Some would say that being in love is like being thirsty; encountering the need to quench a basic human need and something we can’t live without. Plato said “the god of love lives in a constant state of need” and on 14 February, we’ve set aside a day solely dedicated to expressing this need.
More often than not we celebrate this burning need in ourselves and our partners by opening a bottle of Champagne – or Méthode Cap Classique as it is called in South Africa – during special romantic occasions. In earlier cultures people believed that the drink had positive effects on women’s beauty and man’s wit, and although this definitely still rings true in some instances, there are many other reasons why opening a bottle of the ‘good stuff’ on Valentine’s Day is not a random tradition.
The drink of love, and the actual manifestation of the feeling in ourselves, actually share more commonalities than you might be aware of.
True love is ever fresh
Like true love, the kind which is built on the right foundation of respect and care, a good bottle of bubbly doesn’t have an expiry date. The world’s oldest Champagne, found at the bottom of the Baltic Sea in 2010, is estimated to be close to 200 years. A lucky few wine experts had a taste of this rare find and reported that it still tasted remarkably fresh. This is mainly due to the Champagne having been well preserved at low temperatures and in the dark. This goes to show, if you handle your bubbly with respect and care and provide it with the right environment in which to mature, it can last for a very long time – a lesson which is true for romantic relationships too!
A good relationship needs that ‘spark’
As is the case with love, outside factors can impact on the ‘spark’ in sparkling wine too. When drinking Cap Classique always consider the glass shape and temperature. The narrow flute glass will result in a long train of bubbles, while the flat coupe glass will result in your drink having less of a fizz. Some wine lovers even suggest sipping it from a Burgundy glass! For optimal drinking enjoyment Cap Classique must be served at 7 to 9 °C – otherwise you won’t be able to smell and taste the array of flavours of the wine.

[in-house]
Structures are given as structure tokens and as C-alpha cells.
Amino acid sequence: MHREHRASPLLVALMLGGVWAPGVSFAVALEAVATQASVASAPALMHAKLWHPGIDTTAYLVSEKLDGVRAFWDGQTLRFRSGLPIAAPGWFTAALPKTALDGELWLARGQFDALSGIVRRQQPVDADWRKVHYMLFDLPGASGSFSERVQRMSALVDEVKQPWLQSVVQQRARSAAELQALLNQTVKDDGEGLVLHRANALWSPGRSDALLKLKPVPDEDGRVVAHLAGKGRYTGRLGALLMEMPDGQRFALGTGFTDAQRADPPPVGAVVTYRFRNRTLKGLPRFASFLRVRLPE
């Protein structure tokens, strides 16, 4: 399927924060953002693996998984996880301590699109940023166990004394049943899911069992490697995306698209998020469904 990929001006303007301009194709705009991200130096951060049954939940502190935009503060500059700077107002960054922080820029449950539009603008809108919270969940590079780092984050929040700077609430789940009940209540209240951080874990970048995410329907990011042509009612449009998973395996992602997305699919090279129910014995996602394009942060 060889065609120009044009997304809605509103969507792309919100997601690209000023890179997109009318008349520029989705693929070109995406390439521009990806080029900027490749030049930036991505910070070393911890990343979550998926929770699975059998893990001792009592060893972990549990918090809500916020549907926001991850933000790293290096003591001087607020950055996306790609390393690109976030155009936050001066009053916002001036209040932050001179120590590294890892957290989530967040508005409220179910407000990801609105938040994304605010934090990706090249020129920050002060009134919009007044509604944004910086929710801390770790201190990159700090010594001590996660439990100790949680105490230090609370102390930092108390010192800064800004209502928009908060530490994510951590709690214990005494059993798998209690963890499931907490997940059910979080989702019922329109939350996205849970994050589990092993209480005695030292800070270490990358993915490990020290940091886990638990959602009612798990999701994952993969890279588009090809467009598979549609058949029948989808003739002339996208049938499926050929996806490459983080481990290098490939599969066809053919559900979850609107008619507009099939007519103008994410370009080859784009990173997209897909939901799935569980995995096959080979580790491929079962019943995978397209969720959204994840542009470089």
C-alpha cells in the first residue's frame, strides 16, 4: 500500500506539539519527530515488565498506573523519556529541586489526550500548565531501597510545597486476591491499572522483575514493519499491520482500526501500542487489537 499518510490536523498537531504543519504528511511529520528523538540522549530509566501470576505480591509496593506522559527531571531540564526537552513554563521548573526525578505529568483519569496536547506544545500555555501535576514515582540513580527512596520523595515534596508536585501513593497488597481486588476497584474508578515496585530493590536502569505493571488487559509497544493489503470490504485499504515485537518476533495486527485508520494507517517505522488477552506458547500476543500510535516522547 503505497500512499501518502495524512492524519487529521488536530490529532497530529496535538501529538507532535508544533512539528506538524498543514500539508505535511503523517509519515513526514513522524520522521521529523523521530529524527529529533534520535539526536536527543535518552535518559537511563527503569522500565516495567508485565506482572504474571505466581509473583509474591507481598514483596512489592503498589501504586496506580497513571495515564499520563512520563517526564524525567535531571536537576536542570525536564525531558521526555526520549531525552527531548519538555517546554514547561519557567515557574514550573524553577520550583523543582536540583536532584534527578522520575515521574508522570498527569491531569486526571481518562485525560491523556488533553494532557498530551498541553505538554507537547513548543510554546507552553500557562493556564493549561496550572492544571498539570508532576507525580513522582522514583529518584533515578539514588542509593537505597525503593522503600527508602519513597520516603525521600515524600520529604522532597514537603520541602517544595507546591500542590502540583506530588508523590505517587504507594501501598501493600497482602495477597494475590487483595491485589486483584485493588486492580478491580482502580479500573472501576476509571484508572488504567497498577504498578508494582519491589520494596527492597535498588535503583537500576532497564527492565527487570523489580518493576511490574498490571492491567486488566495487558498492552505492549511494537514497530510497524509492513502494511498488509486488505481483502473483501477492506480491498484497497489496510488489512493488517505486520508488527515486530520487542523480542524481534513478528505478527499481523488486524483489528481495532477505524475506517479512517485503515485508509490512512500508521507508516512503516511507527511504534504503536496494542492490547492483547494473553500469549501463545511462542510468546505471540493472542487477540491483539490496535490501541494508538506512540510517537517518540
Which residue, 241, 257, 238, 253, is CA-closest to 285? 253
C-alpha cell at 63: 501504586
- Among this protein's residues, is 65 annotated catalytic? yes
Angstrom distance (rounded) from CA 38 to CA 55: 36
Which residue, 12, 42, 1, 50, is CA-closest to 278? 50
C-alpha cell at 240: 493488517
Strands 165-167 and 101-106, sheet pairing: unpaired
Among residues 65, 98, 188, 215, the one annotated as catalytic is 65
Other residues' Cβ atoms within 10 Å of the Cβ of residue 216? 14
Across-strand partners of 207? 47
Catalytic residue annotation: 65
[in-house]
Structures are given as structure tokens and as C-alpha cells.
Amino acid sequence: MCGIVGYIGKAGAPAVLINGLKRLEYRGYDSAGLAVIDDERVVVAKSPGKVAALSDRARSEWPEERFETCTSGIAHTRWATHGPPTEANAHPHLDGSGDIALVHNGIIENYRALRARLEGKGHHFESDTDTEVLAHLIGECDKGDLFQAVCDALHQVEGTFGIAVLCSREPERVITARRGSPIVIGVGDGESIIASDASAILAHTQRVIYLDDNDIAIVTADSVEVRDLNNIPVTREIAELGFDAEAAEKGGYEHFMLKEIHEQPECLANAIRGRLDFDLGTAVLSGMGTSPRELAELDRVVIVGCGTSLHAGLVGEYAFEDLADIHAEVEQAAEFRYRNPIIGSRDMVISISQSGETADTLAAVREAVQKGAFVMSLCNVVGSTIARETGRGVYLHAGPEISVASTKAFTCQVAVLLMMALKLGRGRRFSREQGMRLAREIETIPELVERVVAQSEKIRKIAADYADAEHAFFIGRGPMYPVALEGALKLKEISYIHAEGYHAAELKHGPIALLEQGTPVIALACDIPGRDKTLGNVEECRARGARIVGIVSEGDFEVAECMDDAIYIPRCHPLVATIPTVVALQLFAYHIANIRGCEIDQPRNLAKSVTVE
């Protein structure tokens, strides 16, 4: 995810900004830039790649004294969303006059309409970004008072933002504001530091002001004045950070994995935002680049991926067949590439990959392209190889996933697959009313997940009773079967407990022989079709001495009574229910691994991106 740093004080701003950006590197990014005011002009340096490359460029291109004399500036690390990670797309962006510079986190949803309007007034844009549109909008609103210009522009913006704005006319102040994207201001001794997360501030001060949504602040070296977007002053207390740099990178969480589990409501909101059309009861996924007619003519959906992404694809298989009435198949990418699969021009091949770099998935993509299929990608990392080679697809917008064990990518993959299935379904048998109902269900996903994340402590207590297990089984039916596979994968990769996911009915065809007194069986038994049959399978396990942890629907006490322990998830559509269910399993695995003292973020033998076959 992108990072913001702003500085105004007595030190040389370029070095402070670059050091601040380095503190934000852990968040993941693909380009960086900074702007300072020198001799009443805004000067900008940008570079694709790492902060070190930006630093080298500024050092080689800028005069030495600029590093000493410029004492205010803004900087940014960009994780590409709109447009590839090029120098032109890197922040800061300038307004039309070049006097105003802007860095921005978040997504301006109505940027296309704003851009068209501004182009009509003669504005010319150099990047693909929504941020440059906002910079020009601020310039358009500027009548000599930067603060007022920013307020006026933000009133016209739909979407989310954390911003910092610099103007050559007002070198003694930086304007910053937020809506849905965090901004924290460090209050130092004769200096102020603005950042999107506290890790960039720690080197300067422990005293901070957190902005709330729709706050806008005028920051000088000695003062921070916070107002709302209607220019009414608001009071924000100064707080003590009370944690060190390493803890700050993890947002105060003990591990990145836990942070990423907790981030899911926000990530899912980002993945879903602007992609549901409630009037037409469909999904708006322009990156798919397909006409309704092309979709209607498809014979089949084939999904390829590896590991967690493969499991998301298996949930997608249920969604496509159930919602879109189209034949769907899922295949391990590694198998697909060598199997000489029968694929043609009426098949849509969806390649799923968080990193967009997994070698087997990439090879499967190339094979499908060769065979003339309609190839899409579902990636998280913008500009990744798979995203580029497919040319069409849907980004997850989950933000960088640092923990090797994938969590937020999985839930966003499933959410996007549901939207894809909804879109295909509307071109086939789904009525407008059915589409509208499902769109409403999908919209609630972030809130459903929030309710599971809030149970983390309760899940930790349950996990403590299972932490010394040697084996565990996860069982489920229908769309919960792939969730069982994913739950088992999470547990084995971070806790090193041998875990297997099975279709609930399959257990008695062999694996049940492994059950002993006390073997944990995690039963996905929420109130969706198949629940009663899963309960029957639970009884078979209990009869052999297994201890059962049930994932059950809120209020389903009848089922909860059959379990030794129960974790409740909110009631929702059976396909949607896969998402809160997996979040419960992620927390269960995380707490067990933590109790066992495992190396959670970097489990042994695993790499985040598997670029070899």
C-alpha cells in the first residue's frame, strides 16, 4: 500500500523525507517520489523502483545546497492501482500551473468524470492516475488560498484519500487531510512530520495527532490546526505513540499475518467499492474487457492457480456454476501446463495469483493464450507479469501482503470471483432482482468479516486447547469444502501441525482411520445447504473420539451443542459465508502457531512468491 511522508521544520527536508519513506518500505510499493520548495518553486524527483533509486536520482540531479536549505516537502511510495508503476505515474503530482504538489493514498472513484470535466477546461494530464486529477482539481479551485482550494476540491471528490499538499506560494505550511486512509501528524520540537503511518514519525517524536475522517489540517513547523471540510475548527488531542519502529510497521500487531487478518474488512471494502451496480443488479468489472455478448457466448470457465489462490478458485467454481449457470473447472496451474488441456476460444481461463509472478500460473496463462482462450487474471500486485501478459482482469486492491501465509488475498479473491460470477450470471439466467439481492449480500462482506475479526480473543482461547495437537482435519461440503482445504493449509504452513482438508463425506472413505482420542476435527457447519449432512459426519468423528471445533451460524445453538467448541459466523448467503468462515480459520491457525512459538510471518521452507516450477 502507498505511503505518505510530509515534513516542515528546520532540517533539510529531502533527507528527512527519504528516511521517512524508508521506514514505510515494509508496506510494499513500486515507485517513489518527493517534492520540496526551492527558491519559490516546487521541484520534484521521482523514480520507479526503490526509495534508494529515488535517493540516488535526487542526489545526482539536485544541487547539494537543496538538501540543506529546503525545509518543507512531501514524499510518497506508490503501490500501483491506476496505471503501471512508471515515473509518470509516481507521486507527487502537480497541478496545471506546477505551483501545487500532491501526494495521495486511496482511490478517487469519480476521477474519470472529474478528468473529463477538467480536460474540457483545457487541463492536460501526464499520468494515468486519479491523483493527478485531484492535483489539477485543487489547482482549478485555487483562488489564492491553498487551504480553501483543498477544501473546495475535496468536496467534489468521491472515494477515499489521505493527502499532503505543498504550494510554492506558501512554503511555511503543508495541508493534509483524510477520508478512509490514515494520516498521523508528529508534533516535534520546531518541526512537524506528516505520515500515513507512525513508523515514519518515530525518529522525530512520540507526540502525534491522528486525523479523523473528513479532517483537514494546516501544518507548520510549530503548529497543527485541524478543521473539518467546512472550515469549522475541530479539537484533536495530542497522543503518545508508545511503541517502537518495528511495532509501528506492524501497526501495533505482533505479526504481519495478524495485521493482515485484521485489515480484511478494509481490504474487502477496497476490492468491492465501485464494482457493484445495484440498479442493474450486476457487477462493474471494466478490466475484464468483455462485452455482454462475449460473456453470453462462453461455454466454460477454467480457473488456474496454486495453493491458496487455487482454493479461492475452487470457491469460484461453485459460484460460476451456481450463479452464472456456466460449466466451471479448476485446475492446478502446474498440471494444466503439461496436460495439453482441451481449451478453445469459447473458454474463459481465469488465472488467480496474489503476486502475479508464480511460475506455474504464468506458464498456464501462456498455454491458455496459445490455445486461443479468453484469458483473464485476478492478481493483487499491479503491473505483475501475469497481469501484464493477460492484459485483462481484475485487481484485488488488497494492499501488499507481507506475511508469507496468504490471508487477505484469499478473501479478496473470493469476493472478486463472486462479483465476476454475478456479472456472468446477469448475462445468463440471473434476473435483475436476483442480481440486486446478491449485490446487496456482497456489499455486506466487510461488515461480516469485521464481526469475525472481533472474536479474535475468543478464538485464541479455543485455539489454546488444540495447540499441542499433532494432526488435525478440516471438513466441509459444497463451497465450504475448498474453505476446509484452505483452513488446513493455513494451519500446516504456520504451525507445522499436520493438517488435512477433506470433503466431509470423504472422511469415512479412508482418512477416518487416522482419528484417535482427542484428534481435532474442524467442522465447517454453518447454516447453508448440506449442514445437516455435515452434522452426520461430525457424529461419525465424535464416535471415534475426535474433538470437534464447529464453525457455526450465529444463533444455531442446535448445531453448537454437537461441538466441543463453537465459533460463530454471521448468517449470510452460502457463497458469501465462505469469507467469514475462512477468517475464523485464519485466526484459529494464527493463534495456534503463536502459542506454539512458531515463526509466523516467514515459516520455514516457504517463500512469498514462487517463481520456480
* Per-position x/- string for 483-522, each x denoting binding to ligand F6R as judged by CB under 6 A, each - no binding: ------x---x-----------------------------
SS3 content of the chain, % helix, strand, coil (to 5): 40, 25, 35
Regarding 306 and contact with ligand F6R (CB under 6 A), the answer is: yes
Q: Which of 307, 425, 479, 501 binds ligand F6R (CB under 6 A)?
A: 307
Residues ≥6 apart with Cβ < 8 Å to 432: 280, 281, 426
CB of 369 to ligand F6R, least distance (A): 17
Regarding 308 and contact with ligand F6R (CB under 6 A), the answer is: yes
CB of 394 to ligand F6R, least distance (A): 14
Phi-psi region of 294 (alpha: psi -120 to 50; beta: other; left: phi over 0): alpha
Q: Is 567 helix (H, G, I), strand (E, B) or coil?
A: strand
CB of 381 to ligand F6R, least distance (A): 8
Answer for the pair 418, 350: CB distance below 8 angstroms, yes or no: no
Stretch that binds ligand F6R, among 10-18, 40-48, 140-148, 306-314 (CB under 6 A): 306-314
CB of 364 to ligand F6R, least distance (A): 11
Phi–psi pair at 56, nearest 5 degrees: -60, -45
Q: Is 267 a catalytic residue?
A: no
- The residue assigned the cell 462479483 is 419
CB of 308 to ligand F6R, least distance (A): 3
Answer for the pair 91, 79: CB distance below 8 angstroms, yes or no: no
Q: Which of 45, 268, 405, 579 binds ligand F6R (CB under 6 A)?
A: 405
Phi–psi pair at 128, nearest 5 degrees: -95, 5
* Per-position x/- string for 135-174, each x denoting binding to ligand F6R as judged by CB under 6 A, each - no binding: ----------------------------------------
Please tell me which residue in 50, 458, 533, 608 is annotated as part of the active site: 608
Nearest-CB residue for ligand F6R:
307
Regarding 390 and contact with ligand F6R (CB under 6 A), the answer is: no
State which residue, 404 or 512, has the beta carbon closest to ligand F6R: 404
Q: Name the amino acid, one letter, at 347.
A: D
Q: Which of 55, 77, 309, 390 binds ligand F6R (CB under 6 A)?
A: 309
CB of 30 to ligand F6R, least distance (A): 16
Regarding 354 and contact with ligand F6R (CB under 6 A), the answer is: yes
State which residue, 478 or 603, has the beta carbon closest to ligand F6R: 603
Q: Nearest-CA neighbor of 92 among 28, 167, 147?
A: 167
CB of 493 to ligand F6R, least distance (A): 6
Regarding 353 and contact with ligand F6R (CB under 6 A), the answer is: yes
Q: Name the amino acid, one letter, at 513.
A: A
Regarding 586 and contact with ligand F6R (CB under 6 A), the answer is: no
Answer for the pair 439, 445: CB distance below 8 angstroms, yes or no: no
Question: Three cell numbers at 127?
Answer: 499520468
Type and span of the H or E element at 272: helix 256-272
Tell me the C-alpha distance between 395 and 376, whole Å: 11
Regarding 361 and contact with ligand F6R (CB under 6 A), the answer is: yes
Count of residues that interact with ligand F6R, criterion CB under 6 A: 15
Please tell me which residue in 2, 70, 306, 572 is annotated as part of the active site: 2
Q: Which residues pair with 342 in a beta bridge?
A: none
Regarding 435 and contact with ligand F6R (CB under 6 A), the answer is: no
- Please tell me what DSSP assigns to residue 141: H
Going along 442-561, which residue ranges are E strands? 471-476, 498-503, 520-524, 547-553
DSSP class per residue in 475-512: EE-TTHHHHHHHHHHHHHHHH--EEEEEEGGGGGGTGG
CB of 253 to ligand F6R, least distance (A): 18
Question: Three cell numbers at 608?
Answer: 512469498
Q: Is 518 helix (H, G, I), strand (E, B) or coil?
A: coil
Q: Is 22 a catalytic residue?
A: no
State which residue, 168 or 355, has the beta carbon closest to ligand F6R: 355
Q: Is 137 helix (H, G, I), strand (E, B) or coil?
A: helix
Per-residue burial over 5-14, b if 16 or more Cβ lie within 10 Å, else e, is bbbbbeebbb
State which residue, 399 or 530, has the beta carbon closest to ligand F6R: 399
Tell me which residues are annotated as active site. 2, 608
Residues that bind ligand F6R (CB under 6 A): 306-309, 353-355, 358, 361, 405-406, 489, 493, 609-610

The smell of love…
When it comes to wine smell plays a vital role in determining our choice of drink, as off odours would suggest something is wrong with the chemistry of the wine and best be avoided. A similar theory applies to how humans identify possible partners. Studies on compatibility genes suggest that we also apply smell when rating intensity, pleasantness and sexiness in a possible mate. Cap Classique literally carries numerous aromatic molecules of flavour and smell to the surface of your glass, which means drinking causes an olfactory explosion.
Tip: Next time you pour a glass of Cap Classique try to rate it based on the same criteria you apply to your mate: how intense, pleasant and sexy does it smell?
And last, but certainly not least, is the fact that both Cap Classique and love leaves you with an intense intoxicated feeling. When drinking sparkling wine your blood-alcohol levels rise faster than when you drink still wine, and studies suggest that the fine bubbles influence how fast the alcohol is absorb into the digestive system. As with love, a slow but steady approach is best applied when (memorable) enjoyment is sought.
I love myself a pink bubbly at the best of times, but it is especially appropriate for the weekend of love.
The L ‘Ormarins Brut Rosé 2012 is deliciously savoury with a hint of cherry on the palate. I also love the fact that it is such a lively bubbly, brimming with passion! If you still don’t know what you are serving your Valentine tomorrow, try this bubbly matched with duck breast and berry sauce. You can find this bottle of pink from about R185 at specialist bottle stores.
Looking for something a bit more affordable? The Pongracz Rosé is always a good call. It is deep pink in colour with a rose petal sweetness on the nose and palate – and at R130 a bottle you can enjoy at liberty!
Happy toasting, kissing and cuddling!